I've been asked about graduate schemes and other entry-level opportunities for those new to #scicomm. It's fairly rare to come across a job that doesn't ask for at least a year's experience and I have to admit that I know very little indeed about the whole world of graduate schemery. @LouisSH pointed me to Cancer Research UK's graduate scheme (I'm a bit redfaced that I'd worked in medical research charity science communication without ever coming across this!) and I wondered if there are any others?What would you suggest to someone who's recently graduated but doesn't have the necessary experience, in a market which isn't exactly selecting for lack of experience? I suppose a lot will depend on what field you want to go in. For me, I do mostly office-based types of science communication – I expect I could probably turn my hand to working in almost any type of office. Would a year of working in, say, an estate agents help someone if they were trying to get a job as a policy officer in a scientific learned society? There are all sorts of useful transferable skills… working in teams, knowing how photocopier scanners work, learning the way a company 'speaks', all sorts of stuff …but I don't know if random sideways moves to get experience is the right thing to suggest to people. And of course this might be useless advice for someone hoping to work in the museums / science centres or science writing / journalism sectors. Unpaid internships will probably still be with us for a little while longer – the only thing in their favour is that they offer pretty relevant experience but this is offset by the fact that they are a bit elitist: they don't pay people for the work they do and they exclude anyone who can't already afford to finance themselves for a few months. Paid internships are a better version of this of course. The Naturejobs blog is apparently going to run a series on internships so keep an eye on them. I had a look on Google and found a couple of pages with information about careers in science beyond research and development (R&D), which includes but isn't limited to, science communication: "Your job search strategy will obviously vary according to the role. Familiarise yourself with some of the major employers, and find out their usual patterns of recruitment or if they have a graduate scheme. However, there are not many graduate training schemes in many of these areas. In science communication and science policy, for example, your network of contacts and work experience will be the most useful. It is often worth making speculative applications."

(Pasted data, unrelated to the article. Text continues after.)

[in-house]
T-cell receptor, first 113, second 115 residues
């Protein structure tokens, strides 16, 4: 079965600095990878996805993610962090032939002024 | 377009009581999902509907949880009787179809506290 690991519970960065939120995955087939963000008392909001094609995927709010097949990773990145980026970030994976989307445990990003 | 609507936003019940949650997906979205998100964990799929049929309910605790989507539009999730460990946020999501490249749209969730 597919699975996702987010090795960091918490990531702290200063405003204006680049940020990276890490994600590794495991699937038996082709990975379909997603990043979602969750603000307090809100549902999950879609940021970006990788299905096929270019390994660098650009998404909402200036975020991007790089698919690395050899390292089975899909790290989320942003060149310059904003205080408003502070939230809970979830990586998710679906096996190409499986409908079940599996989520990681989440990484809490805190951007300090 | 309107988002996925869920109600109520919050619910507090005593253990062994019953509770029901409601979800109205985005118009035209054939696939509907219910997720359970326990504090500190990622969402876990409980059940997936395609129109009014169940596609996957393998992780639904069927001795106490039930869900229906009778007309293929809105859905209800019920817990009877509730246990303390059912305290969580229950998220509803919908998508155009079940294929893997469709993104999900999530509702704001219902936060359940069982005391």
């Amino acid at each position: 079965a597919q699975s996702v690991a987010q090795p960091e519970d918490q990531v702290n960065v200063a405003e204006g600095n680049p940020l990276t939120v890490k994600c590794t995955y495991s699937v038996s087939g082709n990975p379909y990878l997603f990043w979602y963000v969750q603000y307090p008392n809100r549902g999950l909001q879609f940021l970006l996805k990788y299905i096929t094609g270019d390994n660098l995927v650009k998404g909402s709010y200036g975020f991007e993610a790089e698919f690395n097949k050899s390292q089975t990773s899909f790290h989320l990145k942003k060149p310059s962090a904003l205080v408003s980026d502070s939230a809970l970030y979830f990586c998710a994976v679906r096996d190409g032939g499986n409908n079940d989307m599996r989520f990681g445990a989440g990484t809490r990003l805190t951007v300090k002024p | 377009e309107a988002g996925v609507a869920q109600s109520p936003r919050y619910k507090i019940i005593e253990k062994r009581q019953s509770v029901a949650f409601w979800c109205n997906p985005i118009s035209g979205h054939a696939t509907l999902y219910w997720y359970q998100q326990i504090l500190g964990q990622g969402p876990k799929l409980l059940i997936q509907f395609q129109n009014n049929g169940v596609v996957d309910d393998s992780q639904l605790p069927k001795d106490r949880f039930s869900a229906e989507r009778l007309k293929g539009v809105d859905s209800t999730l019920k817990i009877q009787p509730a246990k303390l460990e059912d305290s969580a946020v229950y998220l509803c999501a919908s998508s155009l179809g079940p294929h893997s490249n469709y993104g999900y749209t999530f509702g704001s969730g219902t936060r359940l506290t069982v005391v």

Source: http://www.careers.ox.ac.uk/options-and-occupations/sectors-and-occupations/science-alternatives/ See also: http://www.st-andrews.ac.uk/careers/wiki/Science_Alternatives_to_R%26D Networking's always good advice – but what else? Merry Christmas from @ScicommJobs 🙂 Jo